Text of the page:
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January 24, 2018

Comments

Living outside the USA, over the years I've observed various examples of the myopia from which many US practitioners suffer. The difference between US benefit claim practice and Paris Convention priority claim practice is one example. Broad and its attorneys just learned this differnce the hard way.

Kevin:
You say " In the U.S., provisional applications are filed in the name of the inventor".
That was true some time in the past, but provisional applications may now be filed in the name of an assignee. See the first sentence of 35 USC 118: "A person to whom the inventor has assigned or is under an obligation to assign the invention may make an application for patent."
Had the provisionals been filed in the name of the assignees, I expect that the result would have been different.

https://en.wikipedia.org/wiki/Priority_right

Paris, PCT, EPC, all use the wording "successor in title". Kevin, above you write "successor in interest". Do you see a difference between "title" and "interest"? Was your choice to write "interest" deliberate? Does it matter?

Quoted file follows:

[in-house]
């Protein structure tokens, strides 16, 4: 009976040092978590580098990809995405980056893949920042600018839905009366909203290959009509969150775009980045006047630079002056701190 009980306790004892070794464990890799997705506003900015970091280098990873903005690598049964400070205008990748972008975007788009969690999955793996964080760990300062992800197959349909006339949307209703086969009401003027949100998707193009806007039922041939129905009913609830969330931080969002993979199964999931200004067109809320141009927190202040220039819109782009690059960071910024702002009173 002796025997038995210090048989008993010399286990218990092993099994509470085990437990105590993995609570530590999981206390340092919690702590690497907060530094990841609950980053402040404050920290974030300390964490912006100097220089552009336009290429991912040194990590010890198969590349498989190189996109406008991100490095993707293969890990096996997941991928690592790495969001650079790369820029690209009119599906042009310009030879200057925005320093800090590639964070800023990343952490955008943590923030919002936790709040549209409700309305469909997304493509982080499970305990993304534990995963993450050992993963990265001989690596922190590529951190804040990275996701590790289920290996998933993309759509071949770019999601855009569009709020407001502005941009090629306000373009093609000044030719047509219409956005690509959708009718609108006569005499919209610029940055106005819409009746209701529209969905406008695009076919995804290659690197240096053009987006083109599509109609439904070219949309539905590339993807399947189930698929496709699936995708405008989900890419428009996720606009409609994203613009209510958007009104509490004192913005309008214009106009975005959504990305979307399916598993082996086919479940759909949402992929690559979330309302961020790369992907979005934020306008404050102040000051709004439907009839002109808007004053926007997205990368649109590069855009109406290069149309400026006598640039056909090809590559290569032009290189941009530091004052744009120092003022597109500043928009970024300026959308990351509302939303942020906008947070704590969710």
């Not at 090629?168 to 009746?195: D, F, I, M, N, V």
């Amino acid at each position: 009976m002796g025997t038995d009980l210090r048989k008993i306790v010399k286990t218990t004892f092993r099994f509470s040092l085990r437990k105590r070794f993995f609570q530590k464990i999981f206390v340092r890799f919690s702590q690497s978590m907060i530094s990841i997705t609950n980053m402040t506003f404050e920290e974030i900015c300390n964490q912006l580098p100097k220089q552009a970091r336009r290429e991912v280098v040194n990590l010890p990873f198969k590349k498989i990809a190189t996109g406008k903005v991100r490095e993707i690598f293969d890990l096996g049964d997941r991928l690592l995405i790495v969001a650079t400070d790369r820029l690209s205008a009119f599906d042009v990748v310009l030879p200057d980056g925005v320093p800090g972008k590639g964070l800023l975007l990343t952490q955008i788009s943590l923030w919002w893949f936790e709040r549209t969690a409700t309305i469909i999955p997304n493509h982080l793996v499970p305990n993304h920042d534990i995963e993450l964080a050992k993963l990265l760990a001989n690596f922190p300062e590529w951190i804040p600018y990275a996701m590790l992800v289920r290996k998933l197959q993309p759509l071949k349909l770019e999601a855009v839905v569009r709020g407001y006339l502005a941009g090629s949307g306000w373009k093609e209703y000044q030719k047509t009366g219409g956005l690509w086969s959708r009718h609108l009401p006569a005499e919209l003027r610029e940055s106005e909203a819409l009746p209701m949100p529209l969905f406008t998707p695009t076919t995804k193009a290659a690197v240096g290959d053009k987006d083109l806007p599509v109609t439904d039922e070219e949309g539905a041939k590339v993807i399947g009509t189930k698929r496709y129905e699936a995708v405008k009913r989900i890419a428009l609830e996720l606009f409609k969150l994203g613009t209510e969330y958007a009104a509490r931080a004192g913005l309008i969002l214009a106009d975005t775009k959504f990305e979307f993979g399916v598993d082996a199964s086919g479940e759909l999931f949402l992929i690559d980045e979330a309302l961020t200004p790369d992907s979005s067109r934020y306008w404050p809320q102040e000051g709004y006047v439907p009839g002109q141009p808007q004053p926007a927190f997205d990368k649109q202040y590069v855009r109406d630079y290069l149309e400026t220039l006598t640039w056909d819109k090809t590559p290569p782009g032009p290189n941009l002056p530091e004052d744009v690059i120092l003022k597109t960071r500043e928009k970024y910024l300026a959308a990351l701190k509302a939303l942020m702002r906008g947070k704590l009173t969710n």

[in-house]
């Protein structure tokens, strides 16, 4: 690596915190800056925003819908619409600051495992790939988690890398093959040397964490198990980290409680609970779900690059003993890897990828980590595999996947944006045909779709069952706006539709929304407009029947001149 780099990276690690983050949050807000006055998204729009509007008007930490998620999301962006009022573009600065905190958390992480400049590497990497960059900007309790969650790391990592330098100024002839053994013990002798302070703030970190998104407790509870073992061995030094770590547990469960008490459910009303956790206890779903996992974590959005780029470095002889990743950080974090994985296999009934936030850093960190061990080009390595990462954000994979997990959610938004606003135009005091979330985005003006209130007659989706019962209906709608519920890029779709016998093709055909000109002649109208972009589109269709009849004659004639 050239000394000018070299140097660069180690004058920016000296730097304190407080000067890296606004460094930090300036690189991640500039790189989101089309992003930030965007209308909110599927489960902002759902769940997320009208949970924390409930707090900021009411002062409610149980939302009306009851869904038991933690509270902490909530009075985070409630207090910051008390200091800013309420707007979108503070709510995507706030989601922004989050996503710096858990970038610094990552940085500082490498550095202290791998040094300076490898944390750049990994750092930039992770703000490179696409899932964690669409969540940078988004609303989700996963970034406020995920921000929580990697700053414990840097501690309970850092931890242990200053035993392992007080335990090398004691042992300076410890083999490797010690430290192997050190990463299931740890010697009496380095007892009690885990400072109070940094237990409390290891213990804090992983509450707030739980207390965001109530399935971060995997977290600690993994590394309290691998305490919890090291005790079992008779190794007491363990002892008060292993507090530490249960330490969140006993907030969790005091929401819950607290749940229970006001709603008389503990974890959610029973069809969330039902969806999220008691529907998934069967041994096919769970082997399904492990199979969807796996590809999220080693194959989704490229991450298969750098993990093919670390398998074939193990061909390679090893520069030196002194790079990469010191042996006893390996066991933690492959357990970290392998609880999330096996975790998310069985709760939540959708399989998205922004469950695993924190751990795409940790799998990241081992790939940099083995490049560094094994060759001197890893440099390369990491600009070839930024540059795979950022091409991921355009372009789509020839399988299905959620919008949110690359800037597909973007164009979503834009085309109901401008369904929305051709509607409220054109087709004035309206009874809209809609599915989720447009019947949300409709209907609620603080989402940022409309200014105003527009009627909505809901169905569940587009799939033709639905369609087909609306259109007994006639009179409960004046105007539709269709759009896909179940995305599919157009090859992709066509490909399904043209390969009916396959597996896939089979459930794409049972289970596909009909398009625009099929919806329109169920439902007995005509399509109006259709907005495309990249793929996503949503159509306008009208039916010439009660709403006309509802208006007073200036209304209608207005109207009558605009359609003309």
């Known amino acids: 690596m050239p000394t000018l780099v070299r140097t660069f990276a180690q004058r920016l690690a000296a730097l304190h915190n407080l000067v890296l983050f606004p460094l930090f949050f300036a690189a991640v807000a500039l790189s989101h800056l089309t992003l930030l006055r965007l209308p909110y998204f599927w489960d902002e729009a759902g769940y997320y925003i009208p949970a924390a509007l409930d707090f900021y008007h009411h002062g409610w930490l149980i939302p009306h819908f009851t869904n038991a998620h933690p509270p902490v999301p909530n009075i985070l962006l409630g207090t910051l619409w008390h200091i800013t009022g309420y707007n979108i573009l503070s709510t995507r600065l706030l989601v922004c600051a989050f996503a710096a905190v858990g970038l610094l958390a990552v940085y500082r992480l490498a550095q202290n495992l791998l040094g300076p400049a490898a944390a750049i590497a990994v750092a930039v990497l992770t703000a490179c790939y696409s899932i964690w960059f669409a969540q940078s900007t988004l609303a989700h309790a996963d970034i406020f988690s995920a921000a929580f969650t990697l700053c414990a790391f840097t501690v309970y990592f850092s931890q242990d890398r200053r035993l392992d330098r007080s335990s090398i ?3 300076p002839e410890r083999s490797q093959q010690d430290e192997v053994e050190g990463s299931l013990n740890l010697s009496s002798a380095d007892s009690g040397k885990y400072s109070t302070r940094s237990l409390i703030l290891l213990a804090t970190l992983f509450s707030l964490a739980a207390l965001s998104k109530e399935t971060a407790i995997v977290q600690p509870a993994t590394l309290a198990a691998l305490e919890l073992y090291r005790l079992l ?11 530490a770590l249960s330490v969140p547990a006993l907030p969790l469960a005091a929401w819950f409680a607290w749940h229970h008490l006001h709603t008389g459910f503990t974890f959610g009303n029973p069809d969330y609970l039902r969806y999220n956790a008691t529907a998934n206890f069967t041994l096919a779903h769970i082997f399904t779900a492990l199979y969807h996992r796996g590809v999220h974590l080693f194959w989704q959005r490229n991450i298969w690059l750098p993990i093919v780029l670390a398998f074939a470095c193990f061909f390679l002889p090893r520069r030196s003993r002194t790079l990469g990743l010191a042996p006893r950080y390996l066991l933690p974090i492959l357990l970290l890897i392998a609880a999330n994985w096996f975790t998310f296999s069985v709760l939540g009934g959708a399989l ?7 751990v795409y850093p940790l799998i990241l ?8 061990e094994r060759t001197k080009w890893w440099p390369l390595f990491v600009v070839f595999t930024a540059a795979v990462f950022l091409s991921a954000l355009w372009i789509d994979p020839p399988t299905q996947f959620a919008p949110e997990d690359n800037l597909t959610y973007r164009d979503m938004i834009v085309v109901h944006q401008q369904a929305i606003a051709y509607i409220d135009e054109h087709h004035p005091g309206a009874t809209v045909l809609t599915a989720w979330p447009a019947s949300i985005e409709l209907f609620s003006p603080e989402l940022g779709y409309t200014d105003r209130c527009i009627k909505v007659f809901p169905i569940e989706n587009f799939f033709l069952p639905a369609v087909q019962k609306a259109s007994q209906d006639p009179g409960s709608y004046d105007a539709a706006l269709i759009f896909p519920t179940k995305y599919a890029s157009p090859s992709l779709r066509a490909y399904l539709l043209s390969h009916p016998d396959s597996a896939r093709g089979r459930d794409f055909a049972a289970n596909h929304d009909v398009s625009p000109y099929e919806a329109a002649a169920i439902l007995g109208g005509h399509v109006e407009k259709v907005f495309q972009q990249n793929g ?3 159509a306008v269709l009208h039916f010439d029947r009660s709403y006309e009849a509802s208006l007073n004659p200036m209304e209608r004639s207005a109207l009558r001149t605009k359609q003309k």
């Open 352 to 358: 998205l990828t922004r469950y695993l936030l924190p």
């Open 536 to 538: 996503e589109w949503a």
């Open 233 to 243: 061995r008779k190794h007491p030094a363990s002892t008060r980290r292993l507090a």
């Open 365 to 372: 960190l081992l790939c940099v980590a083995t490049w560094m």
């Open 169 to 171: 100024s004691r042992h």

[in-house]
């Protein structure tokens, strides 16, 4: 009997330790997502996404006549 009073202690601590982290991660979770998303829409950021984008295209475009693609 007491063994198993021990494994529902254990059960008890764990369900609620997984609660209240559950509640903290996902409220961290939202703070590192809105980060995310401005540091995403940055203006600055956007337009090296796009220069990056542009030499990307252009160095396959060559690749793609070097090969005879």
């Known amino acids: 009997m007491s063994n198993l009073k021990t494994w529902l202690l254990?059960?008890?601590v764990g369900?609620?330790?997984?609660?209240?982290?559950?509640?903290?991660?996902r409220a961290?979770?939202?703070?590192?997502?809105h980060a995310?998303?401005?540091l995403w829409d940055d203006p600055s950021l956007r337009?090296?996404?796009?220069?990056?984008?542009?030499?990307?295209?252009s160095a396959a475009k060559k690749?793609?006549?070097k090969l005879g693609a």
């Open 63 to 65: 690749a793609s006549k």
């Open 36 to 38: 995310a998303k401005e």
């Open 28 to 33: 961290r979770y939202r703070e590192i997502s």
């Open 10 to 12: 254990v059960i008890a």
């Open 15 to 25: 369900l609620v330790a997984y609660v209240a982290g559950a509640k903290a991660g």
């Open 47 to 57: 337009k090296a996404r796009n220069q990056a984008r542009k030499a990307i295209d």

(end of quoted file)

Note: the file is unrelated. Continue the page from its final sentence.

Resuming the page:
As I understand it, the all-important first two pro filings were before the AIA. Does that make a difference, when it comes to filing them in the name of a bunch of assignees instead of a bunch of inventors?

Correct Derek - for clarity I think I’ll revise to say “the U.S. provisionals were filed . . .”.

Thanks for the comment

Well, Max, I'd have to go back and review but maybe it's just the American in me (after all, we say "right, title, and interest" in our assignment documents, covering all bases and haling back to medieval England where Latin, English, and French words were used for certainty).

I'm not sure it matters. And while it is now possible to file in the name of the applicant post-AIA (and I understand the Broad's arguments that the OD was wrong), in this case it will depend on how the Board of Appeal rules. As always, stayed tuned.

Thanks for the perspective.

The comments to this entry are closed.

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